2 tsp vanilla essence

Spread cashew nuts out in roasting tray and bake at 200 degrees celsius until golden brown

Tip the roasted nuts into your food processor with 2 tsp vanilla essence and blend for 10 minutes. For the first 5 minutes or so you might think that all you will end up with is a lot of finely ground nuts – but have faith, the ground up nuts will start to clump together and then – eventually – they will become a lovely creamy nut butter. Don’t be tempted to stop the processor at the clumpy stage – keep it going until the mixture starts to turn creamy – like it looks in the photo below.

Then – once it’s nice and creamy scoop it into a jar and refrigerate.

This nut butter is gorgeous on bread, on porridge, and in smoothies. It can also be enjoyed spooned straight from the jar. Yummo!!













Hello Again . . . And here are some cookies

Thursday, October 5th, 2017

CookiesI was going to write a piece about our big trip around the UK and Europe as my first blog back after a long, long time away but today Brianna and I baked some cookies together and after posting a picture of them on Instagram (which I have managed to keep up with – sort of!) I thought why not share them on my blog. I particularly adore this recipe because it doesn’t require creaming the butter and the sugar which – not being much of a baker – I absolutely loathe doing.

This is mainly because “creaming” requires me to get out my electric beater (beating the butter and the sugar by hand to the required pale creaminess takes way too long!). My electric beater lives in the Bottom Drawer – a sad place where all sorts of under-utilised kitchen gadgets (potato ricers, mandolins, electric knives, etc) lie lonely and forgotten. I then need to assemble the beater and find a suitable electric socket which allows the beater to reach the bowl where I’ll be doing the beating and . . . you get the idea. Anyway – these cookies (or biscuits as we call them in New Zealand) do not require all this faffing about, hence they get made very regularly in our house.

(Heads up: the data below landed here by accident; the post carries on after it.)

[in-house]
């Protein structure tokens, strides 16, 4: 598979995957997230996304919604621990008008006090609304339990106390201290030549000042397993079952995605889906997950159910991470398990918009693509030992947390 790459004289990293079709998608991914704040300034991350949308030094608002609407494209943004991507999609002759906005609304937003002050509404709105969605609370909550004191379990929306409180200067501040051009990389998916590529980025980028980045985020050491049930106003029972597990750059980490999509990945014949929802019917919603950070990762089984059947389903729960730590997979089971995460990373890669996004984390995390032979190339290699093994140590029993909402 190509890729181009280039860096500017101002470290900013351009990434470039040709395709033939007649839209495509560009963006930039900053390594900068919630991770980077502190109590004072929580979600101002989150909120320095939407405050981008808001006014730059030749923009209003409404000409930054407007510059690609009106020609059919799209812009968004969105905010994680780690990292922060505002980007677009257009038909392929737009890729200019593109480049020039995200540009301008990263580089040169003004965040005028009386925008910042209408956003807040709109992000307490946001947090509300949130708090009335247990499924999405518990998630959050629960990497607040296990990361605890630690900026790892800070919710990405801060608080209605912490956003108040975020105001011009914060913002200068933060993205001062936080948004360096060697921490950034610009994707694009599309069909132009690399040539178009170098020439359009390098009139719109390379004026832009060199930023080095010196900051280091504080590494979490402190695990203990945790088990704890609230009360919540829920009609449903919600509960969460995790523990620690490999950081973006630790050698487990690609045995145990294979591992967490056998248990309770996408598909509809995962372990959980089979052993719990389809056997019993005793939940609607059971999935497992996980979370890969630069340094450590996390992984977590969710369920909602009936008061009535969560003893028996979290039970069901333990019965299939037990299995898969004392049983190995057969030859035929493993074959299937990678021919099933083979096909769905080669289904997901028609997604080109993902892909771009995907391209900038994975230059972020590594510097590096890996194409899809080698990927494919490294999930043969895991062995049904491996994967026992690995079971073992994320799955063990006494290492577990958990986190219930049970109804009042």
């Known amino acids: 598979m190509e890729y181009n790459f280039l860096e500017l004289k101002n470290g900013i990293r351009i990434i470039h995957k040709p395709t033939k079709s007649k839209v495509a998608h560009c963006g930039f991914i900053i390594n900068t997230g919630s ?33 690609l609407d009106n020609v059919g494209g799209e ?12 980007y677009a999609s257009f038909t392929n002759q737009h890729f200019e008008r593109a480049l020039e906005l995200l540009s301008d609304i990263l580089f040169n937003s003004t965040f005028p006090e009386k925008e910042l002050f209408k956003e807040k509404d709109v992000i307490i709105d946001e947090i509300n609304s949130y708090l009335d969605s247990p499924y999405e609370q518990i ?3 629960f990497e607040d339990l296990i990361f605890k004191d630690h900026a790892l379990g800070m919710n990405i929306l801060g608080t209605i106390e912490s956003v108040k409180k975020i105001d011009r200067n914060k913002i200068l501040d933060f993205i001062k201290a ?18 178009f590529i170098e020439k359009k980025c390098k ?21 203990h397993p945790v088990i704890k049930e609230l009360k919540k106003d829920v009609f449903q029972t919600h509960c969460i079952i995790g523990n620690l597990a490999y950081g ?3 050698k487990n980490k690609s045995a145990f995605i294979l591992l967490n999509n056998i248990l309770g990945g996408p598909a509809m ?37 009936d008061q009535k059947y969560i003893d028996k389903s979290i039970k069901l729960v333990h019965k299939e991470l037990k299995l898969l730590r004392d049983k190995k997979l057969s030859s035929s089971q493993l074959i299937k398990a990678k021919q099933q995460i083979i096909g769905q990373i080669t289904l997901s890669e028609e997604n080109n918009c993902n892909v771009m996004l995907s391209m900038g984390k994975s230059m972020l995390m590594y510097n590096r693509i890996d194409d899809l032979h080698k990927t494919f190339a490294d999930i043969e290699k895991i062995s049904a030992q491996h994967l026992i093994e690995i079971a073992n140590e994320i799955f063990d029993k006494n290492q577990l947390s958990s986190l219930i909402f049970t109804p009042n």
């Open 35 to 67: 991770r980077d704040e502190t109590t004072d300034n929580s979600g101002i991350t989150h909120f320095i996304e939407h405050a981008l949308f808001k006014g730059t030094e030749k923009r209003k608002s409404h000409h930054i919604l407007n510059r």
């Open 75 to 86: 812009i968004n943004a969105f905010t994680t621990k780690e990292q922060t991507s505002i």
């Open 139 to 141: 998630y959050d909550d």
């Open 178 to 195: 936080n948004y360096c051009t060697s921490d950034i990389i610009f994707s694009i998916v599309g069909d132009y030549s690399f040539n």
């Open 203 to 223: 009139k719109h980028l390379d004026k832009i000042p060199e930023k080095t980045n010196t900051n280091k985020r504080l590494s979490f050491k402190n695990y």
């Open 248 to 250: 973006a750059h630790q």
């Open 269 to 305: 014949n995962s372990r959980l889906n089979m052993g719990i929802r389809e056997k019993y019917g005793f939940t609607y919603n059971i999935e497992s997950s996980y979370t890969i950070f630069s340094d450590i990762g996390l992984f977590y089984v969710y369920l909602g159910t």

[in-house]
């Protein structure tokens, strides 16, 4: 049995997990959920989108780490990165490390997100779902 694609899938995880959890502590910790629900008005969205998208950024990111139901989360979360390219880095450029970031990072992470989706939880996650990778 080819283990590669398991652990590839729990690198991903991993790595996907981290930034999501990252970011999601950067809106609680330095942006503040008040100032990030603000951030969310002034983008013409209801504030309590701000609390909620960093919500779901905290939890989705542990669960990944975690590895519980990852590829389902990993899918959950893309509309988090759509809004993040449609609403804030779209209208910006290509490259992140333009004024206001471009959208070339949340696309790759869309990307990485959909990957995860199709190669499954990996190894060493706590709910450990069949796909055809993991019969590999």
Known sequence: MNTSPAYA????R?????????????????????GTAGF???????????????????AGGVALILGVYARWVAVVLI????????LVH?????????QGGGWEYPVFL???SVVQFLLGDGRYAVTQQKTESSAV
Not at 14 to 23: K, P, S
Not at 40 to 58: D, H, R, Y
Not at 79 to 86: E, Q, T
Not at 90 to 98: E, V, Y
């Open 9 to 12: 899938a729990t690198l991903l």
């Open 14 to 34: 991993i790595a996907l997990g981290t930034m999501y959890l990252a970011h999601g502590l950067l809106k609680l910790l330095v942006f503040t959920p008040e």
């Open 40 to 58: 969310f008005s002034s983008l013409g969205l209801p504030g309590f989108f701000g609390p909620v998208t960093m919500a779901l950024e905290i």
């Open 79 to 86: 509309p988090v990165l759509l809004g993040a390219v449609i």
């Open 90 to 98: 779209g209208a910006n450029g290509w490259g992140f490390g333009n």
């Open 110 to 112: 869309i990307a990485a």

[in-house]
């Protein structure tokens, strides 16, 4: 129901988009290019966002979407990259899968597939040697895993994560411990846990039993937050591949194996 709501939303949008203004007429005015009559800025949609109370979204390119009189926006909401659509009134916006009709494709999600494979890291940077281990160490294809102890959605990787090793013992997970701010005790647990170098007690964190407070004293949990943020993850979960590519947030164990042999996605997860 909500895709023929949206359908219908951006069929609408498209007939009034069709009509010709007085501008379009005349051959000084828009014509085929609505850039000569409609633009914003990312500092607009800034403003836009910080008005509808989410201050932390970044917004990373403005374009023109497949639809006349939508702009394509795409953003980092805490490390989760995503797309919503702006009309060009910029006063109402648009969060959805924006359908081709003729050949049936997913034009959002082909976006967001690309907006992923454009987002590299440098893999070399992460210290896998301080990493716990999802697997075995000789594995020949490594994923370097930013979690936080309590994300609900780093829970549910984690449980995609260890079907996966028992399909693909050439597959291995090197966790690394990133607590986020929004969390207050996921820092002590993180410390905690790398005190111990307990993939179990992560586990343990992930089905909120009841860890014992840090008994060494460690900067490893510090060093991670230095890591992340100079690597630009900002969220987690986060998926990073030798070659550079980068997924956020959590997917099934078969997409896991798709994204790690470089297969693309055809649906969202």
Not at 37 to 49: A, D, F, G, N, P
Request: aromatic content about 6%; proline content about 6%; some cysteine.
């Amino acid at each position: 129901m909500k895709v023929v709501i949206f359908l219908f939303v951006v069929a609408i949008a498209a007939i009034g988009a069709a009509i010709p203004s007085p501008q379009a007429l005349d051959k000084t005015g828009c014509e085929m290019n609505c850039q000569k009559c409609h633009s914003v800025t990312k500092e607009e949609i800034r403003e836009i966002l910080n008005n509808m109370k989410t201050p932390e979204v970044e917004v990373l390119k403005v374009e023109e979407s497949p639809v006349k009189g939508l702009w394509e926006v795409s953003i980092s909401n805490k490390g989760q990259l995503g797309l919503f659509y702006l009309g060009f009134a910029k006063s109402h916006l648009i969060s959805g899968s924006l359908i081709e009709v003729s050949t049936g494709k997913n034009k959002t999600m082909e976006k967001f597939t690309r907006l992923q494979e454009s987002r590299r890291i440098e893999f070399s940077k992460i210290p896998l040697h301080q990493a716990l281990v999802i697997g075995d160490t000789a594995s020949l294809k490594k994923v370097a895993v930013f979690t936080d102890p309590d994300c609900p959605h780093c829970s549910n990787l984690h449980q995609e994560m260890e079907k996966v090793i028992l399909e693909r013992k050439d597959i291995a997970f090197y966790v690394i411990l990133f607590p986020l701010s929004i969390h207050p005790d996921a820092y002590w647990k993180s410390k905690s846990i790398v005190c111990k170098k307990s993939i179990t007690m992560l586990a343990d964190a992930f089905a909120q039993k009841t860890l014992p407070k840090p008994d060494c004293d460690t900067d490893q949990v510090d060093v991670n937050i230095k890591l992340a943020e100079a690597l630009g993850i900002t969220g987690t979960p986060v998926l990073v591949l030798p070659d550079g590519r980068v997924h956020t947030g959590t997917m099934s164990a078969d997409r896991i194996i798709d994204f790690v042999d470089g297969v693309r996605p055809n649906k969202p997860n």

And so – without further ado – here is the recipe. I found it in a fabulous recipe book called “Cooking for Real Life” by a fabulously sensible and practical woman called Joanna Weinberg.


Wholemeal Chocolate Chip Cookies

125g butter

175g brown sugar

1 egg, lightly beaten

1 tsp vanilla extract

150g wholemeal flour

2 tsp baking powder

pinch salt

100g chocolate chips

Preheat oven to 190 degrees celsius

Melt butter in small pan. Place sugar in large bowl and add melted butter. Beat together with a wooden spoon and then add the egg and the vanilla. Beat this lovely goo until combined and then stir in the flour, salt and baking powder. You can sift the dry ingredients through a sieve to aerate or just tip it in without – I don’t think it matters too much either way. And last but not least – mix in the chocolate chips.

Taste to make sure it’s suitably yummy and then – using a teaspoon dot spoonfuls of the mixture onto baking sheets leaving 4cm or so between them as they will spread. Bake for 6 to 8 minutes – it will depend a little on the vagaries of your oven – just keep an eye on them because they can go from golden brown and delicious to incinerated in very short order. I know this from bitter experience.